This afternoon, I went to Snootyville to meet a friend for lunch. S’ville has recently created an ‘arts district’, complete with Disney-esque exteriors on the buildings, planned architecture designed to make the main drag looks charming, vintage, old, although it is not. Nestled in between two of the newer buildings is the real deal that housed an antiques market: an old building, with painted brick, creaky floorboards, and an all too obviously underpowered air conditioner. Either they own the building or have an extended lease, because this building doesn’t look like it belongs with the new galleries, bistros and townhouses.
I’m not an antique buyer and recently had to endure, while on a long trip across the country with my sister, entering many of the moldy, dust-filled places throughout Ohio, West Virginia and North Carolina. Most antique stores sell overpriced junk, or are so cluttered as to put me immediately on sensory overload. So, I’m not sure what inspired me to even think about stepping into the store. But, since my tourist visa was good for the entire afternoon, I thought I’d take a few minutes to browse.
Being a peruser of both cookbooks and cocktail recipes, I couldn’t pass by Irvin S. Cobb’s Own Recipe Book. I had no idea who Cobb was until I looked him up in Wikipedia and was surprised to find out that at one time he was the highest paid newspaper reporter in the country and was the author of over 60 books and 300 short stories. This book, published in 1936, was written as a promotional piece for Frankfort Distilleries at the end of Prohibition. This, on the front piece, charmed me:
Containing authoritative directions for making 71 famous drinks, together with a rollicking dissertation of the joys of King Bourbon and its Brother Rye, by the famous Kentuckian.
The commentary on the drink recipes persuaded me to buy. How can you resist a book that indicates that after 4 drinks of something called a Silver Fizz, “…it is advisable to go to bed. P.S. Put handgrips on the bed.” Or that proclaims that a Whiskey Sour (my favorite drink) is “…one of the world’s grandest pick-me-ups“.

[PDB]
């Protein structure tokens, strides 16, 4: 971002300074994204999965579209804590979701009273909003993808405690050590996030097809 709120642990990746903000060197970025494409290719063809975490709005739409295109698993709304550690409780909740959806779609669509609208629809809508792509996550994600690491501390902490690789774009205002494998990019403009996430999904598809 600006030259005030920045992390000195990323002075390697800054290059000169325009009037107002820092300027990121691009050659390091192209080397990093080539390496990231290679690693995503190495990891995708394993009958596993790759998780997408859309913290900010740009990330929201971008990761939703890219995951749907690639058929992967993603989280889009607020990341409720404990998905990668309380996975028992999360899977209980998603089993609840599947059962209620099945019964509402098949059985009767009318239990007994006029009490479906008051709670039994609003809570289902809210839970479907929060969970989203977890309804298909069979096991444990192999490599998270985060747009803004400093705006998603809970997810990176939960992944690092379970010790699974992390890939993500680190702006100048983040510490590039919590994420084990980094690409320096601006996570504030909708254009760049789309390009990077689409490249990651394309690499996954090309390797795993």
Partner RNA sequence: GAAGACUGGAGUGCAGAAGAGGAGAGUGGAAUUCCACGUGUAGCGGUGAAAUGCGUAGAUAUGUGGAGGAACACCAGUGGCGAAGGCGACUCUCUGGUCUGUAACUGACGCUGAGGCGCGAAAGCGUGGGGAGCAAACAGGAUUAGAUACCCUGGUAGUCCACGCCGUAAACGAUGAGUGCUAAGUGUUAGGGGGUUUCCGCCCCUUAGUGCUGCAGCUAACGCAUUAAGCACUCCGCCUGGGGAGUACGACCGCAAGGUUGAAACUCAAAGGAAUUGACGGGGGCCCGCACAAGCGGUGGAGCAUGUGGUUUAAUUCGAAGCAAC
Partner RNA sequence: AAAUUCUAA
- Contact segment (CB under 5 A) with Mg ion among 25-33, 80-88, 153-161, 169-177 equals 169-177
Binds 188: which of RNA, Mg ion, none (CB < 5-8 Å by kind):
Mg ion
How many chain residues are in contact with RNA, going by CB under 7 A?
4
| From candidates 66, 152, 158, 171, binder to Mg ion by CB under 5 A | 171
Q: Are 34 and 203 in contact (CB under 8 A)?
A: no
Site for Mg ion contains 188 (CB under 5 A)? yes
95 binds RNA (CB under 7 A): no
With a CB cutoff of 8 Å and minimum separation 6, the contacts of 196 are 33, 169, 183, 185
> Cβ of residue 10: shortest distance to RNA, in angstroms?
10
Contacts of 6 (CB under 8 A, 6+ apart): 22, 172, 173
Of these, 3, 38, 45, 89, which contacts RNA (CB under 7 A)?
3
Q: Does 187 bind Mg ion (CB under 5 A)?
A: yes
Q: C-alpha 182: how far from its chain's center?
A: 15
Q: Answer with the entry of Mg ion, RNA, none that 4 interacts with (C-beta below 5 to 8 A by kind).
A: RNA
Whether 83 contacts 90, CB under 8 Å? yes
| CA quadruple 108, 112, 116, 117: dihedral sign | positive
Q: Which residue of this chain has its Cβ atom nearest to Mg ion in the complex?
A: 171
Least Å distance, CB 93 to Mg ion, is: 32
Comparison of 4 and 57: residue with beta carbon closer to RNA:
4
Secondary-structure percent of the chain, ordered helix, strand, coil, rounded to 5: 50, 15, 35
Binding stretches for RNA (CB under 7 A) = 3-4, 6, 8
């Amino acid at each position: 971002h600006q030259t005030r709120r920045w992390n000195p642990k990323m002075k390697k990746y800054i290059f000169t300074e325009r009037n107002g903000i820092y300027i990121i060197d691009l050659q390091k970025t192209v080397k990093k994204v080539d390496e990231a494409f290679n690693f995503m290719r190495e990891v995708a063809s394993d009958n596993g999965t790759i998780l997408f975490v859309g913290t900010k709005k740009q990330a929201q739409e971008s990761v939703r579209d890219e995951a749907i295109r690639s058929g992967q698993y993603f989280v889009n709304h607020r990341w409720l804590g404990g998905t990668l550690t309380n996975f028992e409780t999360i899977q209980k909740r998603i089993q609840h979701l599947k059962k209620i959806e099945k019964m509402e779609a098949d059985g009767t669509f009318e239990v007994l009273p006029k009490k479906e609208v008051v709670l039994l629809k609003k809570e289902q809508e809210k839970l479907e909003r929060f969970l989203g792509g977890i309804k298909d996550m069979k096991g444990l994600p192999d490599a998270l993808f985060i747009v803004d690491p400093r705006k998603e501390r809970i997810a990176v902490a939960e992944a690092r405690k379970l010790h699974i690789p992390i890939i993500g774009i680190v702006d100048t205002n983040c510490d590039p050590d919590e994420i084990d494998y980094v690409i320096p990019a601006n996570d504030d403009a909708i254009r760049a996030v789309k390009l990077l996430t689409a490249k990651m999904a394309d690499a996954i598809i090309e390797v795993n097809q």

The next treasure trove I stumbled upon, in the hot attic of the store, yielded me three small pamphlets. The December 1910 edition of The School World: Birds and Poets, apparently once owned by a proud J. C. Murdock, who wrote his name in it a few times and also took a stab at translating a bit of Latin.
The next find was Three Thousand Miles Between, by a Professor J. Raymond Schutz of Manchester College, Manchester, Indiana. Published in 1924, it is claimed, by its author, to be a
“chance product”…[N]ot a traveller’s guide, nor …a student’s text. It is rather a popular presentation of experiences, sights, and impressions of an amateur European traveller.
Included are 100 observations of the author that “…epitomize the essential differenes between Europeans and ourselves.” This should be fun to read!
Chester Brown was the apparent owner of The Snow Image, by Nathaniel Hawthorne, published in 1896. Chester took good care of his book, although he wrote his name at the top of several of the pages.
My last stop before the cash register, though I should have kept walking because I already had enough, netted me two more books, a 1905 Composition and Rhetoric text and a pictorial history of World War I.
The dedication in the text book:
To Marcia Stuart Brooks whose teaching first demonstrated to the authors that composition could become a delight and a pleasure…
made it irresistible.
Liberty’s Victorious Conflict is 128 pages of photograph reprints from journalists covering all fronts in The Great War. Each is accompanied by captions. I’m sure I will spend hours pouring over this one. Who knew that we tried to disguise soldiers as rocks by wrapping them in sheets and putting a potato sack over their heads?